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posted by martyb on Tuesday January 11, @04:47PM   Printer-friendly
from the Betteridge-says-"No" dept.

Can We Feed Billions of Ourselves Without Wrecking the Planet?

We are now producing more food more efficiently than ever, and there is plenty to go around for a human population of 7 billion. But it is coming at a drastic cost in environmental degradation, and the bounty is not reaching many people.

Sustainable Food Production, a new Earth Institute primer from Columbia University Press, explores how modern agriculture can be made more environmentally benign, and economically just. With population going to maybe 10 billion within 30 years, the time to start is now, the authors say.

The lead author is ecologist Shahid Naeem, director of the Earth Institute for Environmental Sustainability. He coauthored the book with former Columbia colleagues Suzanne Lipton and Tiff van Huysen.

This is an interesting interview with the author. Do you agree (or disagree) with his conclusions?

Columbia Climate School

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  • (Score: 0) by Anonymous Coward on Tuesday January 11, @08:22PM (2 children)

    by Anonymous Coward on Tuesday January 11, @08:22PM (#1211895)

    Pesticides have decimated very necessary ecologies, when someone calls something lala hippy stuff it is rarely a comment worth making. Bio-diversity is important, crops that produce sterile seeds are bad, widespread chemical pollution is bad. It is called science, not lala hippy crap. Your comment about livestock feed shows how little you actually understand the topic which is why you resorted to a lame near political insult. Be best my d00d.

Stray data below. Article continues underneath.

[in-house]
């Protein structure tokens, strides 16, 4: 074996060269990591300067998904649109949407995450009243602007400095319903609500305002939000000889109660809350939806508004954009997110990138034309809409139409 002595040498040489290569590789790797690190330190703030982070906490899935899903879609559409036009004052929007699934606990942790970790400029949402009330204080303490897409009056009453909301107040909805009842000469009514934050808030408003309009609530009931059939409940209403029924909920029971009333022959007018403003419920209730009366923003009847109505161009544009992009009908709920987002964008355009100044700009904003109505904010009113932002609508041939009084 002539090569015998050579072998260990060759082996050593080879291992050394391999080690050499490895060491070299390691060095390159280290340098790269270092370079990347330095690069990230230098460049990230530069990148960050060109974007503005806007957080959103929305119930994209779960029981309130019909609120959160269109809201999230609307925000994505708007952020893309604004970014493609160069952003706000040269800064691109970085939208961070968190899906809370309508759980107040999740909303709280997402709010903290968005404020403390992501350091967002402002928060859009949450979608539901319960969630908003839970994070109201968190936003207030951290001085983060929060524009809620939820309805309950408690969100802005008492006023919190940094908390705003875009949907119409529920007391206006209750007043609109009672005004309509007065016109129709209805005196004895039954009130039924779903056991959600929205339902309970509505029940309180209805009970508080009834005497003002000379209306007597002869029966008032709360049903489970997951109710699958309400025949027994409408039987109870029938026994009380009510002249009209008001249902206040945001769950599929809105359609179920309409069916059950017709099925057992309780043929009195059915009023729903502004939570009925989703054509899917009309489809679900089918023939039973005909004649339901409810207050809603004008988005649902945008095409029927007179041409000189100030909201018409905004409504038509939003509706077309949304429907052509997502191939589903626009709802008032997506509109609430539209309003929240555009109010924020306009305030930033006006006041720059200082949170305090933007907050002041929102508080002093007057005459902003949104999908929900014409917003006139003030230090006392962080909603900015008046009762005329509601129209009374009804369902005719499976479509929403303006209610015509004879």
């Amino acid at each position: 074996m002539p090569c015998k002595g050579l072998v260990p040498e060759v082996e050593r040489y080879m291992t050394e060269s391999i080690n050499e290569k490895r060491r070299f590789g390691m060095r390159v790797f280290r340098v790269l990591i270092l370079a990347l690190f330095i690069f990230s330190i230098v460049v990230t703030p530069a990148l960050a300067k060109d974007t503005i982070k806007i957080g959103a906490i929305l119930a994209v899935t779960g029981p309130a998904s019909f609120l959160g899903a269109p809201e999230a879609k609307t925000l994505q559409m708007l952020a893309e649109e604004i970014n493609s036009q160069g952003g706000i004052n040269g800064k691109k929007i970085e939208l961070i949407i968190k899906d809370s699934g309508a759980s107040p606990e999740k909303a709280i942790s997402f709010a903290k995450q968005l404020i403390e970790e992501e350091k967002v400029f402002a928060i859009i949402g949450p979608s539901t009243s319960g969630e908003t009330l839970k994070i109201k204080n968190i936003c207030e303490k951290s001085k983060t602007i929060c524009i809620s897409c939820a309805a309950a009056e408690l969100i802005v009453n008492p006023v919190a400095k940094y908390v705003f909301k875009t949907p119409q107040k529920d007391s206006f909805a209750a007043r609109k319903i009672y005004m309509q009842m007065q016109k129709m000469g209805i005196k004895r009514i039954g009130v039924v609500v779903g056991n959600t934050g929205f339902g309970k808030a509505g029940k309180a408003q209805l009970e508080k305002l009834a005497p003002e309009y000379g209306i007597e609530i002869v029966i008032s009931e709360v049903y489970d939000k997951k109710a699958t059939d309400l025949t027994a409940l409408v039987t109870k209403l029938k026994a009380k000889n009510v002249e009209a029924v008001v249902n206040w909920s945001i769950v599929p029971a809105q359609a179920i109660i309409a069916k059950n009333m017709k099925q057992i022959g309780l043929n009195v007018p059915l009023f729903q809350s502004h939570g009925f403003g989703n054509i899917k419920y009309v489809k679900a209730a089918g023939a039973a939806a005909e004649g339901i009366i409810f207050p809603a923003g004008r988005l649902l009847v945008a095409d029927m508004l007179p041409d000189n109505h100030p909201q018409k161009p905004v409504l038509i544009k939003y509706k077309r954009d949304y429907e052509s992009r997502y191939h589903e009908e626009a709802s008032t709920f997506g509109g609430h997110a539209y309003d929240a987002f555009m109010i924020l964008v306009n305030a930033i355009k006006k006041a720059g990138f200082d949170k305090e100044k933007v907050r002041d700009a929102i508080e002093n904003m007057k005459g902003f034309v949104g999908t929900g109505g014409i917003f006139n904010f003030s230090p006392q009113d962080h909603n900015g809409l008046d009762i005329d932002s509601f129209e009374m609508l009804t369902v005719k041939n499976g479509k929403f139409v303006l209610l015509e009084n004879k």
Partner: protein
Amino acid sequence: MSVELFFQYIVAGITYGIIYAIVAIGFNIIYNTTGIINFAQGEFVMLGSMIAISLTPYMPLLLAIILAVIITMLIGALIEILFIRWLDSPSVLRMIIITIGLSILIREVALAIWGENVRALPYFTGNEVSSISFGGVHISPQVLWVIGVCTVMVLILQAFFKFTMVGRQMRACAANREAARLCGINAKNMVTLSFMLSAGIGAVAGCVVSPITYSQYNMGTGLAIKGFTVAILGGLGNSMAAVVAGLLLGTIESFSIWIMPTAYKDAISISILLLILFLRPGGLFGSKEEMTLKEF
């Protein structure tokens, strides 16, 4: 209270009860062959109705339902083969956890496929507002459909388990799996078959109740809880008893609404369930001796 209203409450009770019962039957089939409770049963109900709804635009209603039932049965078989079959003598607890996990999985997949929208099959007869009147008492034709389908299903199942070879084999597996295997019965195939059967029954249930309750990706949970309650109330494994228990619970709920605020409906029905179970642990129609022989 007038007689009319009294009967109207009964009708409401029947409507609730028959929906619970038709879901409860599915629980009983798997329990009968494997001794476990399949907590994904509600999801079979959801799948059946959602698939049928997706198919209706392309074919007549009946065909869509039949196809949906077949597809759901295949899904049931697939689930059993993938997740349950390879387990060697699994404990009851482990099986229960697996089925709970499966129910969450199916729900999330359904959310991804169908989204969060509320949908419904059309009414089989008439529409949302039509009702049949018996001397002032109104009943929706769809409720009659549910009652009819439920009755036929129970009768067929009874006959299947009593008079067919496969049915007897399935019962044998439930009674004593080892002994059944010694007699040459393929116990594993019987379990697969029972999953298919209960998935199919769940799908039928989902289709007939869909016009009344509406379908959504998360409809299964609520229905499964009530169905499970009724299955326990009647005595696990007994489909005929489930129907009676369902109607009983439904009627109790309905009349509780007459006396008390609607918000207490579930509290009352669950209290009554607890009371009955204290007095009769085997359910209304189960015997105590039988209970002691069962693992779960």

• (Score: 0) by Anonymous Coward on Wednesday January 12, @03:31PM (1 child)

    by Anonymous Coward on Wednesday January 12, @03:31PM (#1212125)

    Sure. Pesticides have done a lot of damage. But not doing some kind of serious pest control means no crop to speak of. Bio-diversity is important, sterile crops suck, pollution bad.

    Tadaa, you win! ... against that strawman you just erected.

    The GPP was pointing out that the prescriptions described in the actual article are largely counterproductive, often badly so. The article was all noisy about sustainability but proposed exactly, precisely no substitute for fossil fuel sources for NPK fertilisers to maintain anything resembling current productivity.

    If you can't even meet that standard of demonstration, you're firmly in the realm of hippy crap, not serious crop science.

    There's plenty more wrong there, but a lack of strawmen wasn't it.

    • (Score: 1) by khallow on Wednesday January 12, @04:35PM

      by khallow (3766) Subscriber Badge on Wednesday January 12, @04:35PM (#1212155) Journal

      but a lack of strawmen wasn't it

      But what will my straw cows eat?